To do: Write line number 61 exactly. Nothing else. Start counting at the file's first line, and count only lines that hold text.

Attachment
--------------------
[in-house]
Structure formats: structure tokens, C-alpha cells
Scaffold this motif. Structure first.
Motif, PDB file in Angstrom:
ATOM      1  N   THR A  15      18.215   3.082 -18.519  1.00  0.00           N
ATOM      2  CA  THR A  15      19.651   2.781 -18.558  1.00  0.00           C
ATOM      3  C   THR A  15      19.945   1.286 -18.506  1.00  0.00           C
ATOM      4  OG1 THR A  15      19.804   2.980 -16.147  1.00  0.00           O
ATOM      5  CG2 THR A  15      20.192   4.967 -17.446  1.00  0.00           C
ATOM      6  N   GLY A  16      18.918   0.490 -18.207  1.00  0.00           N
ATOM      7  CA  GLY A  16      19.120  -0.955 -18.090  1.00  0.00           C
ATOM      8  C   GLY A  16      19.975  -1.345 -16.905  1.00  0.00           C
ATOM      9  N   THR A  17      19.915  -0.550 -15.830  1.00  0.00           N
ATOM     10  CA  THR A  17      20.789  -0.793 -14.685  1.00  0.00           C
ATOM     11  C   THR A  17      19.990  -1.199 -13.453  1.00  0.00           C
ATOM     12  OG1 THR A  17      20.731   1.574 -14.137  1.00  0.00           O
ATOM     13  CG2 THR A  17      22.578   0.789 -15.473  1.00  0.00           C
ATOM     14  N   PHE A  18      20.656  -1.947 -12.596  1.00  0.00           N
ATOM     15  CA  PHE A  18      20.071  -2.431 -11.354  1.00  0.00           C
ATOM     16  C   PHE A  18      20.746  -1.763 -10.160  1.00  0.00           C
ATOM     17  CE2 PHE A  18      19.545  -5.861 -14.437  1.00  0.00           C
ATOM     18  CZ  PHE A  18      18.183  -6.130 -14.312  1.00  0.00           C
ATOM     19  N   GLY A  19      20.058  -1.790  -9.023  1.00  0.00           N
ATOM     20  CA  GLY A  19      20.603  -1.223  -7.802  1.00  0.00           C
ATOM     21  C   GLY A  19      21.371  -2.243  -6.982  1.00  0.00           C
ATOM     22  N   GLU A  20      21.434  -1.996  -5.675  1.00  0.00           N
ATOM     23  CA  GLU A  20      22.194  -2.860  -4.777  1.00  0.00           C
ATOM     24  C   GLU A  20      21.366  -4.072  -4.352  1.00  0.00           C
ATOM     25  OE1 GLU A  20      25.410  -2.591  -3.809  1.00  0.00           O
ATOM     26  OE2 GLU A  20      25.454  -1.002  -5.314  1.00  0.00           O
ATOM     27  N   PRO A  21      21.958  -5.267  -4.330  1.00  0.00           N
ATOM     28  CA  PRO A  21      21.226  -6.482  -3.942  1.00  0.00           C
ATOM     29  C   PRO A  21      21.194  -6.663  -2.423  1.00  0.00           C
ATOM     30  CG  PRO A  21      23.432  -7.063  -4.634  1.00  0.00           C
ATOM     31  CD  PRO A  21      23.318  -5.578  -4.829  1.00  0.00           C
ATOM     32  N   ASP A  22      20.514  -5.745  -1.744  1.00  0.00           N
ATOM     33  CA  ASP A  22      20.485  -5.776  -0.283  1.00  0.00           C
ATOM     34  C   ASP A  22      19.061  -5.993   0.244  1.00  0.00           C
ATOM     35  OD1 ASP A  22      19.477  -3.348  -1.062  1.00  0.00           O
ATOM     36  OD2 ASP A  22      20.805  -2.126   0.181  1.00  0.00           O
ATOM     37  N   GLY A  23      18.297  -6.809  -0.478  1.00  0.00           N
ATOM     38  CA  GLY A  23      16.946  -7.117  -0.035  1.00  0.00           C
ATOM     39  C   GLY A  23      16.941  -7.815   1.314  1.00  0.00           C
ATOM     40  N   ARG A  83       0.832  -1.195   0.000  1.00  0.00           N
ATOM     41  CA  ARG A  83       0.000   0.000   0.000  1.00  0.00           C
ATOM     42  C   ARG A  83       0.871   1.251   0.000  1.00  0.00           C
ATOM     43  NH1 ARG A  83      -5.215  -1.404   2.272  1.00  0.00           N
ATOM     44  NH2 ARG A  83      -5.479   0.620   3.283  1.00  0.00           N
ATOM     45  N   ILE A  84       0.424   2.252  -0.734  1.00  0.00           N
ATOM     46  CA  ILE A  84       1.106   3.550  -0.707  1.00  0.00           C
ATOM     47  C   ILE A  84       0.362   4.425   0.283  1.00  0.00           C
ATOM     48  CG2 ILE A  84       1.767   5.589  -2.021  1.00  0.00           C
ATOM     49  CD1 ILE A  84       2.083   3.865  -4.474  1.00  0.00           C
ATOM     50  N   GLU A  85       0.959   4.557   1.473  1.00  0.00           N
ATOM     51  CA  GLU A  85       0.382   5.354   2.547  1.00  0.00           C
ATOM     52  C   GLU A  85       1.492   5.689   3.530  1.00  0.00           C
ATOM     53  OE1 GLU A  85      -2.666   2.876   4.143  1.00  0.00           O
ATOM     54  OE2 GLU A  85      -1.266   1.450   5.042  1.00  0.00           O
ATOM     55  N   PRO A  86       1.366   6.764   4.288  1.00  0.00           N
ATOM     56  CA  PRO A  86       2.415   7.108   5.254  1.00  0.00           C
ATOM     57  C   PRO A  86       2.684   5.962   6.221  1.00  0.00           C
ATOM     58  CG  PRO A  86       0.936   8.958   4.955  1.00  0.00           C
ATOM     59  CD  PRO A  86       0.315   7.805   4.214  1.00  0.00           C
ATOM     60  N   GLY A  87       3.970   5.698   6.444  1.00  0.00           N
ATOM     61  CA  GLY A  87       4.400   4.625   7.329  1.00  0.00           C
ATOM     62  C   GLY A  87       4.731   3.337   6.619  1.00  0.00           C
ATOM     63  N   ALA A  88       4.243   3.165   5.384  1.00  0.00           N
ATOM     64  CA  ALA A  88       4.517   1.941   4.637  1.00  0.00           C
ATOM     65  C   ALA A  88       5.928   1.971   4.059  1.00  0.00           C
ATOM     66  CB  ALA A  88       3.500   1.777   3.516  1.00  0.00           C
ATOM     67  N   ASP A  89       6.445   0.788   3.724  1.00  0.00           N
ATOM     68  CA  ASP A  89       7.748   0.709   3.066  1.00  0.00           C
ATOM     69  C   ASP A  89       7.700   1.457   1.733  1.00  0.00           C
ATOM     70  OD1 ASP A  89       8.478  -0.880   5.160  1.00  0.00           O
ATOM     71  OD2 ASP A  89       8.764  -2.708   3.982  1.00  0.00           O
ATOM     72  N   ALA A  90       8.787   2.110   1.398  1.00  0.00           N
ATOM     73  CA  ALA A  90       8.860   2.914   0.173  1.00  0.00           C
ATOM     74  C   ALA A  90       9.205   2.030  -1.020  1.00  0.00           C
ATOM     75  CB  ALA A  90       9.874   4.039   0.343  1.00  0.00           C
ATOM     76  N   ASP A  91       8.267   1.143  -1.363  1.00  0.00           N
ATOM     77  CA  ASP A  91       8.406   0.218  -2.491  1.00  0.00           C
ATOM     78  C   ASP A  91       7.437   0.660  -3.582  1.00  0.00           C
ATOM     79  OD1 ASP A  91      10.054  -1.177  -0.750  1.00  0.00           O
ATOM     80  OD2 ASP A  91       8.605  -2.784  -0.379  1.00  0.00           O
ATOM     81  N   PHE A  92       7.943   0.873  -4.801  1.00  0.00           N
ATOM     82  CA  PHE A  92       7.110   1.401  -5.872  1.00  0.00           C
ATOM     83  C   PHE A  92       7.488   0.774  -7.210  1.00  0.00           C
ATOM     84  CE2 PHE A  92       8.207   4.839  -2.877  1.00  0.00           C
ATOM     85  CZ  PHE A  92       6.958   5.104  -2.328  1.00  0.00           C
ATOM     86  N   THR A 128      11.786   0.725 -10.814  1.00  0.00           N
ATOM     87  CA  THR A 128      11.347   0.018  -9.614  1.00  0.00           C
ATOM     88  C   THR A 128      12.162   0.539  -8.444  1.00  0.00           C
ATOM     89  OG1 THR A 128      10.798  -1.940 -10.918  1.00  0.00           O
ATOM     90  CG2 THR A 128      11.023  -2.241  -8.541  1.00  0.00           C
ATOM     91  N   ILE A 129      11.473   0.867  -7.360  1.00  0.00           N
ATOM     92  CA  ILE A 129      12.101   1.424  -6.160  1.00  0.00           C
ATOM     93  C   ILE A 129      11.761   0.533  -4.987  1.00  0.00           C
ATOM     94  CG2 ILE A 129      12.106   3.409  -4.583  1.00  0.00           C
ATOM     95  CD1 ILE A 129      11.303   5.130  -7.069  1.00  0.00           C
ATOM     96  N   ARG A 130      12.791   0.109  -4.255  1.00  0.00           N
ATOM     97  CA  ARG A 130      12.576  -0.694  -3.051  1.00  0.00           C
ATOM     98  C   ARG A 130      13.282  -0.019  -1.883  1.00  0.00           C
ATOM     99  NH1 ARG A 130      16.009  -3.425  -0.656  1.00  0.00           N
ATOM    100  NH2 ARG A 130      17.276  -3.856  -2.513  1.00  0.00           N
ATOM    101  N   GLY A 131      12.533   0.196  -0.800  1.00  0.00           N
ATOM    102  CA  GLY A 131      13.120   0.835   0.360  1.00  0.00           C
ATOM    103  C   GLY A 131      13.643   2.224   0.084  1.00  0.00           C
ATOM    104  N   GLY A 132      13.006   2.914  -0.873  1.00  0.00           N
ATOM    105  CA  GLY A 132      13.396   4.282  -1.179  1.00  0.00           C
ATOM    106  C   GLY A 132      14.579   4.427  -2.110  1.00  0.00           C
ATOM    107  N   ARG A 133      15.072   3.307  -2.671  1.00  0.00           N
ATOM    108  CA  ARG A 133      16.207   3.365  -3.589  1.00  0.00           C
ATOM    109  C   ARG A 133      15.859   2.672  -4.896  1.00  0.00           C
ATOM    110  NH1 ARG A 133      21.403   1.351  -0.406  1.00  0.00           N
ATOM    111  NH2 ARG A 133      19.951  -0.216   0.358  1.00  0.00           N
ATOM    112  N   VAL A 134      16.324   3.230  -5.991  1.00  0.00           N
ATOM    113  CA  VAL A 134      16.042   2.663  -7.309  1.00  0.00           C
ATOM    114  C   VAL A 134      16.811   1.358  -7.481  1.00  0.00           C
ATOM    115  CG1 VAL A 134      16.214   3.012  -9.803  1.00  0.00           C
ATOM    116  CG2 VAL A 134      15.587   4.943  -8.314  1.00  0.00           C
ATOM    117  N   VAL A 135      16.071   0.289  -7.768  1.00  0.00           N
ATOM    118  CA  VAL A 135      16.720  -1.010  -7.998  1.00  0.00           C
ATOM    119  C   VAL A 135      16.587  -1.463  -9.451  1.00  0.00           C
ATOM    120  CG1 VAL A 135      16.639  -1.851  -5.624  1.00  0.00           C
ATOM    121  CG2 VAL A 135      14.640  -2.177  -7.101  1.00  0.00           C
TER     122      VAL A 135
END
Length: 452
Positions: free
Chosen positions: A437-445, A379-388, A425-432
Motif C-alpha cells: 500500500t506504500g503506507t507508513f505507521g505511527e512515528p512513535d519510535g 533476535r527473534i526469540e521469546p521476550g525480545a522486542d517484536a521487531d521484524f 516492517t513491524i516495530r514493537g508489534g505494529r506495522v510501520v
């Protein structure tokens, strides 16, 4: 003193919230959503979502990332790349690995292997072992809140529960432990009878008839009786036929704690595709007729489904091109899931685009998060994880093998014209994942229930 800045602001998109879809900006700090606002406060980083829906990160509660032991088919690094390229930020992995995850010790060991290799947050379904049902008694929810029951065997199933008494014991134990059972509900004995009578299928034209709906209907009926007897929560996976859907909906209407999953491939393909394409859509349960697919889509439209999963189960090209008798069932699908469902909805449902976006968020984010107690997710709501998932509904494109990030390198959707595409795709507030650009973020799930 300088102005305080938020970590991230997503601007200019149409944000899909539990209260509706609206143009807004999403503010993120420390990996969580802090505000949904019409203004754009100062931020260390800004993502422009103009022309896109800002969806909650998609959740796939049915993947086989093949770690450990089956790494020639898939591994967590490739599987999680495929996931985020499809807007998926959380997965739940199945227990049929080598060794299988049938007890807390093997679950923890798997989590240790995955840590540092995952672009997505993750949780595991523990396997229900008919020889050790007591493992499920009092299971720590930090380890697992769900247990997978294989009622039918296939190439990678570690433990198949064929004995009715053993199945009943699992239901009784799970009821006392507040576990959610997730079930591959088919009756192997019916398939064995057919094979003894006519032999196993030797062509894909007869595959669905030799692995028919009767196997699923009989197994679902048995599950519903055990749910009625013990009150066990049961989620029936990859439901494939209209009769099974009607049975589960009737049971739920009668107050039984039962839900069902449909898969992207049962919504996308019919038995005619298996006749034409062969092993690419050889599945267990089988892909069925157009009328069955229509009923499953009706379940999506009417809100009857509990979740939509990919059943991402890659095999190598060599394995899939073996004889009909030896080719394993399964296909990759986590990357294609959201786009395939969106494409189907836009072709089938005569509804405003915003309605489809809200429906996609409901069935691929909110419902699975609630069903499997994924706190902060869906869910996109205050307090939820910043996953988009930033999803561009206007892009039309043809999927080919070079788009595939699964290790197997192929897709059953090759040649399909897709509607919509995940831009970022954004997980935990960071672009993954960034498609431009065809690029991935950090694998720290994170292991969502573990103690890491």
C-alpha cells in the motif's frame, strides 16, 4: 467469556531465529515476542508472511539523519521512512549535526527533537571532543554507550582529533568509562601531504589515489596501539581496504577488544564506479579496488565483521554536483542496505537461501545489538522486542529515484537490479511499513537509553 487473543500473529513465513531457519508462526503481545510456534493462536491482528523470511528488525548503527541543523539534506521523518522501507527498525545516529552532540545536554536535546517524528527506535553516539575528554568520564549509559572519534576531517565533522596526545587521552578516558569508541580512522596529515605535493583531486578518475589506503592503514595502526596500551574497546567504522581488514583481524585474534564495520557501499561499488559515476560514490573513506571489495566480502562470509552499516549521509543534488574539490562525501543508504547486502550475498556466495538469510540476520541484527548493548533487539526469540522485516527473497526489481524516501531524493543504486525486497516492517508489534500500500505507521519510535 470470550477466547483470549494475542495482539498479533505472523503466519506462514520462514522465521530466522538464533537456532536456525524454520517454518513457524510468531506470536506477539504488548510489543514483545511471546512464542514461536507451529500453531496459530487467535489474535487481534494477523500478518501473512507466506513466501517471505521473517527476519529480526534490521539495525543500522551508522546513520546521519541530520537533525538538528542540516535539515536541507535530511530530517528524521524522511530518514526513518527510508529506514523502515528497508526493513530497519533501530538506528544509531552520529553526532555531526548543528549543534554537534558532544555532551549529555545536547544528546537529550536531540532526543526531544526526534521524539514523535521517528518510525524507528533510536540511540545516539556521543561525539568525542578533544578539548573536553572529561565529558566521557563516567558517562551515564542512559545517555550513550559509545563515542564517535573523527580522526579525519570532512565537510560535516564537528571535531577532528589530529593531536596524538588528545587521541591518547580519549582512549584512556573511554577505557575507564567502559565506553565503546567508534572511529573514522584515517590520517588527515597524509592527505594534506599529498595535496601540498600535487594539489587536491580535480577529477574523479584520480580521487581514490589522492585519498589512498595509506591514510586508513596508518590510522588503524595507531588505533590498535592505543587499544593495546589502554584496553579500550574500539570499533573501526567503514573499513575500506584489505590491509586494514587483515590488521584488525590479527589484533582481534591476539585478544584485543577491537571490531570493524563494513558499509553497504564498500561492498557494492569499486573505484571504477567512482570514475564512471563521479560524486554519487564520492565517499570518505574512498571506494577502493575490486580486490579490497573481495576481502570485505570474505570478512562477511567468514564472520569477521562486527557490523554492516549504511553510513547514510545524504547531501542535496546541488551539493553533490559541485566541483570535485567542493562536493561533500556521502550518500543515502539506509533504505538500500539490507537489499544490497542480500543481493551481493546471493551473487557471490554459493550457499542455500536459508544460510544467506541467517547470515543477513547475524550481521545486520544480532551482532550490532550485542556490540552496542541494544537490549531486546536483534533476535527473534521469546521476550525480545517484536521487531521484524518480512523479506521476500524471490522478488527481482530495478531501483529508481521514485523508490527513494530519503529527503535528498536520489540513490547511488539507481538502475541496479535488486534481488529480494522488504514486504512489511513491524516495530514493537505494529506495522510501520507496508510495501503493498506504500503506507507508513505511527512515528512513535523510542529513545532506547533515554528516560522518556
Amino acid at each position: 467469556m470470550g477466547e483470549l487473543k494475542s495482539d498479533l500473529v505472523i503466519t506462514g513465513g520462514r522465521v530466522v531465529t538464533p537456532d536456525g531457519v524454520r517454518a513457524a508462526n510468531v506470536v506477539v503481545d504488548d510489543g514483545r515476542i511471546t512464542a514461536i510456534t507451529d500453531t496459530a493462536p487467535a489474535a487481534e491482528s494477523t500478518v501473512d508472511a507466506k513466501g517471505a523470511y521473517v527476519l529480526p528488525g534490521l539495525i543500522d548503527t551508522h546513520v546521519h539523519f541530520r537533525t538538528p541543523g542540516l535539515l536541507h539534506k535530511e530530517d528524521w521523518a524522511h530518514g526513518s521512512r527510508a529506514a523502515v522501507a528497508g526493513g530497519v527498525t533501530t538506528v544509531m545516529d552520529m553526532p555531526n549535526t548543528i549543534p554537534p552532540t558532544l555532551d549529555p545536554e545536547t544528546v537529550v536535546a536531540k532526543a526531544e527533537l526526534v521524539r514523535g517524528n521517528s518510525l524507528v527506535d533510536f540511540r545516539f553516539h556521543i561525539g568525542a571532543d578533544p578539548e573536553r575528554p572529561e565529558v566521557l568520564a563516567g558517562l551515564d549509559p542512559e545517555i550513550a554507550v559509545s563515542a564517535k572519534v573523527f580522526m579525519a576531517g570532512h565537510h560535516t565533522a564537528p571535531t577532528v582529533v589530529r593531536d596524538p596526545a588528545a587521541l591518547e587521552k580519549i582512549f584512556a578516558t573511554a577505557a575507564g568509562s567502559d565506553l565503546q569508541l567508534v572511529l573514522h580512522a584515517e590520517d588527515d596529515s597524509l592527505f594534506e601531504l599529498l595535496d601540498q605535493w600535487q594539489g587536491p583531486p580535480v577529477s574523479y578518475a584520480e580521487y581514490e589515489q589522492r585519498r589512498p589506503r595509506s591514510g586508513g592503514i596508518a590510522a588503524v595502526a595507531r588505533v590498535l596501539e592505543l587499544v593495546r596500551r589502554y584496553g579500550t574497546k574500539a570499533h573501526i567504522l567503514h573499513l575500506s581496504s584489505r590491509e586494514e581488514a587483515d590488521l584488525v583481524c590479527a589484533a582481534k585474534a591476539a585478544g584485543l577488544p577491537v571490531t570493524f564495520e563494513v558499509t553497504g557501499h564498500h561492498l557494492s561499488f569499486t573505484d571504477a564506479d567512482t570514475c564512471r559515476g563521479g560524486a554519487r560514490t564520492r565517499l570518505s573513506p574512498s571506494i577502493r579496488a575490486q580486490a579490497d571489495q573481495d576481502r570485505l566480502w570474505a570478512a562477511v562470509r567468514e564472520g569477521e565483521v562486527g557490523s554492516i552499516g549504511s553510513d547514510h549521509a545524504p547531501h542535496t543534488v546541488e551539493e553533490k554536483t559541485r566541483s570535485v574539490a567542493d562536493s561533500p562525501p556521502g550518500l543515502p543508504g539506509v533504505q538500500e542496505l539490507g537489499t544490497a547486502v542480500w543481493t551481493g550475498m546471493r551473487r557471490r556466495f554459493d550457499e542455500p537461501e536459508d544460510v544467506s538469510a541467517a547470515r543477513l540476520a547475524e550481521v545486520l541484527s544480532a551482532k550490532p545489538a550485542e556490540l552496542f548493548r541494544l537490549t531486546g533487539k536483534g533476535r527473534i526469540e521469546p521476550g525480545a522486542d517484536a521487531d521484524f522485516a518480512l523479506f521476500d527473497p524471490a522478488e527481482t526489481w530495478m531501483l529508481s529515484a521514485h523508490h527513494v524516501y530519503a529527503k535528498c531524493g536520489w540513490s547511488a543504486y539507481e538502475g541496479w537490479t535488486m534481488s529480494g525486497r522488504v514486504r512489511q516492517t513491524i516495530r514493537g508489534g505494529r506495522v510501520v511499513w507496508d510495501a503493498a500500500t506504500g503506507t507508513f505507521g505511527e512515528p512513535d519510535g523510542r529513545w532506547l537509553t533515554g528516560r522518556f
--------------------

ATOM     57  C   PRO A  86       2.684   5.962   6.221  1.00  0.00           C